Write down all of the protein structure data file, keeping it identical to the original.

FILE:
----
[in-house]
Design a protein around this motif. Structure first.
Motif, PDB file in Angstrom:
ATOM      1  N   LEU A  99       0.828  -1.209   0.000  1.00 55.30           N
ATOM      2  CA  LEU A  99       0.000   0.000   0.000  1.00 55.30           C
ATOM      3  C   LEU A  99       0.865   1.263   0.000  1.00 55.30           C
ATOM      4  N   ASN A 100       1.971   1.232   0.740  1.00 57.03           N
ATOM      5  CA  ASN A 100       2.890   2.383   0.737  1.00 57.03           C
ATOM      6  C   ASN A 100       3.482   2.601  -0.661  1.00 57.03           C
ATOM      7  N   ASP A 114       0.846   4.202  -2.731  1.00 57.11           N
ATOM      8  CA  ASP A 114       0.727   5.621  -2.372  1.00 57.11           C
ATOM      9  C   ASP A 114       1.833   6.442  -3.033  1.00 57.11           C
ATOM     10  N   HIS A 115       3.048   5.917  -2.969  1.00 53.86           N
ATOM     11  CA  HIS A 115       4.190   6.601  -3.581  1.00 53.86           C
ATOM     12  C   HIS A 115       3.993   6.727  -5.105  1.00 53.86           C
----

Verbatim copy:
[in-house]
Design a protein around this motif. Structure first.
Motif, PDB file in Angstrom:
ATOM      1  N   LEU A  99       0.828  -1.209   0.000  1.00 55.30           N
ATOM      2  CA  LEU A  99       0.000   0.000   0.000  1.00 55.30           C
ATOM      3  C   LEU A  99       0.865   1.263   0.000  1.00 55.30           C
ATOM      4  N   ASN A 100       1.971   1.232   0.740  1.00 57.03           N
ATOM      5  CA  ASN A 100       2.890   2.383   0.737  1.00 57.03           C
ATOM      6  C   ASN A 100       3.482   2.601  -0.661  1.00 57.03           C
ATOM      7  N   ASP A 114       0.846   4.202  -2.731  1.00 57.11           N
ATOM      8  CA  ASP A 114       0.727   5.621  -2.372  1.00 57.11           C
ATOM      9  C   ASP A 114       1.833   6.442  -3.033  1.00 57.11           C
ATOM     10  N   HIS A 115       3.048   5.917  -2.969  1.00 53.86           N
ATOM     11  CA  HIS A 115       4.190   6.601  -3.581  1.00 53.86           C
ATOM     12  C   HIS A 115       3.993   6.727  -5.105  1.00 53.86           C